The best advice you got was, start with a .22....revolver or semiauto, doesn't matter. Get your basics down with a gun that has no recoil and is cheap to shoot. Then, if possible, find a range that rents guns (or a friend who will take you to the range with his guns) and try as many as you can. Since ammo is expensive, this is a bit of a pricey exercise, but it is worth it. Don't go in with your mind already made up; you may fall in love with a CZ compact semiauto, or a 1911, or an XD or a Glock. Never know until you try them. Sort of like buying a to test drive a few different types before you buy.

Happy shooting, and welcome to THR!!!


September 6, 2008, 03:00 PM
Titanium is much heavier than aluminum. It is roughly half way between steel and aluminum in terms of both strength and density. Taurus makes some snubbies in 100% titanium. S&W only uses titanium for cylinders. Aluminum is the lightest, but it isn't strong enough for use on 357mag revolvers. For lightweight 357, S&W uses scandium frames. I don't care for the scandium frames because they have scandium barrels with stainless inserts. THese "sleeved" barrels are not as accurate shooters as the solid steel barrels.

I just came back from the shooting range and I happened to rent a S&W 642. That thing totally sucked. If that is the quality of a typical S&W nowdays, I would no longer reccommend them to people. The trigger was absolutly horrible. I don't think I've ever shot anything with a worse trigger. It could be that this is just a beater that the range rents out. I don't know.

I don't agree with some of the opinions here that a snubbie is too hard to shoot. It's the weight of the gun, not the barrel length that makes it uncomfortable. Adding a 3" bbl to a snubbie, all else remaining equal, isn't going to amount to a hill of beans in terms of controllability. If you are concerned about recoil, just get an all-steel snubbie. It may be that the only all steel snubbie still being made by S&W is the 649. It's a 357, but you can shoot 38 in it.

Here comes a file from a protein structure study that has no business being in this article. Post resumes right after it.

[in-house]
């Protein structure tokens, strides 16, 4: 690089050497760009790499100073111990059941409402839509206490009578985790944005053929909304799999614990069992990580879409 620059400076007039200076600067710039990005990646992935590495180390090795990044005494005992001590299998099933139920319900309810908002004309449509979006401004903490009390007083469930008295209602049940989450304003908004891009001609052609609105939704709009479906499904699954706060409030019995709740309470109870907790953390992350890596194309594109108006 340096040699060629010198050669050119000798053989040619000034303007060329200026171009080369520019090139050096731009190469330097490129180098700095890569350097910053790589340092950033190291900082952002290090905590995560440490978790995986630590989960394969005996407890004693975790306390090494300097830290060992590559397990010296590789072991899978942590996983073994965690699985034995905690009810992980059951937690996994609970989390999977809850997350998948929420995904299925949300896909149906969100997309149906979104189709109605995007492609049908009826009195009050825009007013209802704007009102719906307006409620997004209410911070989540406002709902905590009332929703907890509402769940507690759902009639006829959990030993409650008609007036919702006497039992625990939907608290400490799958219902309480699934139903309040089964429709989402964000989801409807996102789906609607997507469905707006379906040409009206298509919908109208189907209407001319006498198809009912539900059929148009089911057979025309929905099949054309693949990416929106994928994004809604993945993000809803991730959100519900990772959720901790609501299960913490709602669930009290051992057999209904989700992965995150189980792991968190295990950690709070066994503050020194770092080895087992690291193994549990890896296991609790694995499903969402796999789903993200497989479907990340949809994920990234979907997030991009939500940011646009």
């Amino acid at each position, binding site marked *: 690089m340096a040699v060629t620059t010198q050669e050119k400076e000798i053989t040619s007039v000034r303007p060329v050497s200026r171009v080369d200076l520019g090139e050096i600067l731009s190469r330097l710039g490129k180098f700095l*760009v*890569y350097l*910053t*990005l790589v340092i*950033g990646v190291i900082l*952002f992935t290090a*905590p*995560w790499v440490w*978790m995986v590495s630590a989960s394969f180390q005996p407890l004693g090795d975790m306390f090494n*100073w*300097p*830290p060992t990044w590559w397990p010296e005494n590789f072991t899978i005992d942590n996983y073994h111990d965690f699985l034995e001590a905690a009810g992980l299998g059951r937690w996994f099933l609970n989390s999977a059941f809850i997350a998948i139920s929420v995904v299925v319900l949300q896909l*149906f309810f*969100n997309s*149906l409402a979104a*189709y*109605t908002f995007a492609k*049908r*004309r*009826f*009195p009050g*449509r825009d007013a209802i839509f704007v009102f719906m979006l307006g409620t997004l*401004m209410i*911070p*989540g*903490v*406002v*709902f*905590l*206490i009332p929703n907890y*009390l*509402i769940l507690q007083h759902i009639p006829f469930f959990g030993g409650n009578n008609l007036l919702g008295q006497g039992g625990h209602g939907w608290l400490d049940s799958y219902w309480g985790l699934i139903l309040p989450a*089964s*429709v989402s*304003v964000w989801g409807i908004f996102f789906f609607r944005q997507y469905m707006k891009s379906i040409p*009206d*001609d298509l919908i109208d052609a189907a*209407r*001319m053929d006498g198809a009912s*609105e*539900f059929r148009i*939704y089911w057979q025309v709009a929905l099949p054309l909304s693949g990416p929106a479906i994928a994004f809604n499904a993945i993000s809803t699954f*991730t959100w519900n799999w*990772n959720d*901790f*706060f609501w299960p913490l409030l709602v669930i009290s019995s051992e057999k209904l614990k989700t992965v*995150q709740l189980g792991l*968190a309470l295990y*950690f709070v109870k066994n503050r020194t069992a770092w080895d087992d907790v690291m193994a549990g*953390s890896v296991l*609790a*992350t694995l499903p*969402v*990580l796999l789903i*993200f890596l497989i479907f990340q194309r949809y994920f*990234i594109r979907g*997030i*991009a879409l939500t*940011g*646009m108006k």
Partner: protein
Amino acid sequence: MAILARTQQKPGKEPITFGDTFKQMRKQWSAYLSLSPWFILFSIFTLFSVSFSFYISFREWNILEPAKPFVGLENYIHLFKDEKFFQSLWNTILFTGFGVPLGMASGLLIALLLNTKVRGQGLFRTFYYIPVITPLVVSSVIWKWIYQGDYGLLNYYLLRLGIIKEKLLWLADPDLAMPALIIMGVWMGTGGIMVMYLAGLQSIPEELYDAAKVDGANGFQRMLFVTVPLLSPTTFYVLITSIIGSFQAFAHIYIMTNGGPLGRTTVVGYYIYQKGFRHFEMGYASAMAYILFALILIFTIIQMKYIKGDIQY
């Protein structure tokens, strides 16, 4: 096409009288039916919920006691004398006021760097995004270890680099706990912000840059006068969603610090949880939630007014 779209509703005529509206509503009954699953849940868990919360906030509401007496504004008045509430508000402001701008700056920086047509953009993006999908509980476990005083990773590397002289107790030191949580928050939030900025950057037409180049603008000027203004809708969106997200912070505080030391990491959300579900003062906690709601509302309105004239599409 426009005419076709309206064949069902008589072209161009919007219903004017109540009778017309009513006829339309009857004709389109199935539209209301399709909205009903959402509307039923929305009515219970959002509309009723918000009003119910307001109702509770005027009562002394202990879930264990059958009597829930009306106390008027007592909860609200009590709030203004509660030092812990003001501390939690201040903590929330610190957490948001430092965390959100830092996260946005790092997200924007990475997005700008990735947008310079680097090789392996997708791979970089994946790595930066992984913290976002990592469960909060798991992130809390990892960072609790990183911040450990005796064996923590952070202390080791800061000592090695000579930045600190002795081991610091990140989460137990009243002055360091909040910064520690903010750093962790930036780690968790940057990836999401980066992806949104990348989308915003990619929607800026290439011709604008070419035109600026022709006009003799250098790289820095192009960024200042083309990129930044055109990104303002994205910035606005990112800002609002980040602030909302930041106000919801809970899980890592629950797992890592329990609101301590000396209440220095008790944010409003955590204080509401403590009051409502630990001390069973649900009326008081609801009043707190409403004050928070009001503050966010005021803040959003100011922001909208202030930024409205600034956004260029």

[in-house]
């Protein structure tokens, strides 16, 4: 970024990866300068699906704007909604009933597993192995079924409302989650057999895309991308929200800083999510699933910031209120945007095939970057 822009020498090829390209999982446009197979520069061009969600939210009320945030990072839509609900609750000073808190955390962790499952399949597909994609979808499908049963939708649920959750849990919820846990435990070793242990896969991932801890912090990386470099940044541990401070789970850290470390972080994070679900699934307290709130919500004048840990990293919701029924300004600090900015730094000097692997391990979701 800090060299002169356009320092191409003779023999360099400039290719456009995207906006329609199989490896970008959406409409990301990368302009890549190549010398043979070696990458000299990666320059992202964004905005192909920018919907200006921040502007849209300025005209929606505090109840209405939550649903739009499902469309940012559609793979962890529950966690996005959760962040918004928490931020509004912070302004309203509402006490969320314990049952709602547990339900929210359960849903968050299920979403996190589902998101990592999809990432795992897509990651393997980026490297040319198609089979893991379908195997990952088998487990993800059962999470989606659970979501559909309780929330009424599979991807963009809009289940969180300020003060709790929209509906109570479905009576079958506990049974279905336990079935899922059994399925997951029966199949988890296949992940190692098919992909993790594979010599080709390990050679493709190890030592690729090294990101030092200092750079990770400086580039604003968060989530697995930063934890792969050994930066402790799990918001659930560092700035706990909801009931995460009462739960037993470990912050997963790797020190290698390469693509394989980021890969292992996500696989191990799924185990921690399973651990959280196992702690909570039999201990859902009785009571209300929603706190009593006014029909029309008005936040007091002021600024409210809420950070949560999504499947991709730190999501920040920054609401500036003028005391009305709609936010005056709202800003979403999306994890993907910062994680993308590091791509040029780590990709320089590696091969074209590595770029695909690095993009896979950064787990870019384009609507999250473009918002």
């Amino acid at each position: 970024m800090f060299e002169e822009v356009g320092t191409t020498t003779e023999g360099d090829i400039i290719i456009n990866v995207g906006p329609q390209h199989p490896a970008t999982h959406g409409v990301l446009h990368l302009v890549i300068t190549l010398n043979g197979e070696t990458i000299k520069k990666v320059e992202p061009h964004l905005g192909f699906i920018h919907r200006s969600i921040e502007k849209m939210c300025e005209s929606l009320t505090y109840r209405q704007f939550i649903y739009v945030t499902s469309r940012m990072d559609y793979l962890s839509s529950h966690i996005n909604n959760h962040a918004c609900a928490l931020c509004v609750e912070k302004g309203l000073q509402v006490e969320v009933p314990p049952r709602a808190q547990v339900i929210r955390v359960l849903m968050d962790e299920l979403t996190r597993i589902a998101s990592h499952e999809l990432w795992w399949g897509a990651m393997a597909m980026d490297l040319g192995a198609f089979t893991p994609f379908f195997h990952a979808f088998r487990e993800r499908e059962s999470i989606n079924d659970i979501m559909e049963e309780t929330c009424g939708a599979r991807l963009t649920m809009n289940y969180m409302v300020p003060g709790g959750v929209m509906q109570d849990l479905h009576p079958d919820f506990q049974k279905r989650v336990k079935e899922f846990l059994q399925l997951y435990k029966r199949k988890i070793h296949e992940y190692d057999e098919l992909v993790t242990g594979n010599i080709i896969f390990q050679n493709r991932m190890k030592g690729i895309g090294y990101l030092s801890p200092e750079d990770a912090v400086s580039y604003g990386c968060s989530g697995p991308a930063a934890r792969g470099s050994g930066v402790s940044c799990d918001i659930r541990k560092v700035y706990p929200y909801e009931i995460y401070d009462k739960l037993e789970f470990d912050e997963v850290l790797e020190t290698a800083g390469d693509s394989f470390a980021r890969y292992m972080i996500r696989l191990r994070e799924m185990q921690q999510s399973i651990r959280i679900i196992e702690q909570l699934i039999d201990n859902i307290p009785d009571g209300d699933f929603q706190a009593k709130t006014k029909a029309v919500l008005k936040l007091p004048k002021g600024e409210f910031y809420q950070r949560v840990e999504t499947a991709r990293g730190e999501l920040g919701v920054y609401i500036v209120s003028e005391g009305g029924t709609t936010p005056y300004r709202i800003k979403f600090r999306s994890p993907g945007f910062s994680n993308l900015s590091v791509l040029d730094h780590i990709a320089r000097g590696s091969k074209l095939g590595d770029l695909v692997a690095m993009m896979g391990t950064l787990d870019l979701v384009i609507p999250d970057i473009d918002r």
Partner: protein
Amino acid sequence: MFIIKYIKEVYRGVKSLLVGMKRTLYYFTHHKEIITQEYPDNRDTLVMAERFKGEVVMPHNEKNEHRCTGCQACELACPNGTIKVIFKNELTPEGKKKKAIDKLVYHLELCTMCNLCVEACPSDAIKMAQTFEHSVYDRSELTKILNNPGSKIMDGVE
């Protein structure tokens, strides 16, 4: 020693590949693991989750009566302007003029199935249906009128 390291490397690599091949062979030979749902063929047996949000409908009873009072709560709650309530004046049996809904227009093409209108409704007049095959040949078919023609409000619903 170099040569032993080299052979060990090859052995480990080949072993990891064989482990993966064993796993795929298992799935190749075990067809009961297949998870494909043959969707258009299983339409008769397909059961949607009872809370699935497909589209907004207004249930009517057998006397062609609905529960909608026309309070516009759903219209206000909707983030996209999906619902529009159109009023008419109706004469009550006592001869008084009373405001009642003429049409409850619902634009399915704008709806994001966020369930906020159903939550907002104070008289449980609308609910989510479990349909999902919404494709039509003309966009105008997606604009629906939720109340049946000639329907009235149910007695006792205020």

September 6, 2008, 09:21 PM
I would go with a Smith and Wesson Model 60 in .38 Special with a 3 inch barrel. That is a J-frame (small) gun and it holds 5 rounds.

The .38 Special is more than adequate for your needs and the 3 inch barrel has two features in its favor over the 2 inch model - The extra barrel length makes it easier to shoot accurately and it also comes with adjustable sights.

As the others have said here, the key locks are "just something else to break" and should be avoided if at all possible.

September 6, 2008, 10:11 PM
1. Smith and Wesson 642 with factory grips. $425

2. Send to Smith and Wesson for a Master Revolver Action Package. $158

3. Two HKS 36A speedloaders. $20

4. Mika pocket holster. $25

5. Federal Gold Match 148gr. wadcutters for primary ammo. $35

6. Winchester 110gr Silvertip (non+P) for speedloaders. $35

I recommend the 148gr ammo as it is very soft shooting in the lightweight 642 and the 110gr ammo in the speedloaders as the round nose assists in quick reloading. If you can handle the 110gr ammo well, just use it for primary and reloads. If you find the recoil of the 642 doesn't bother you, use Speer 135gr Gold Dot ammo.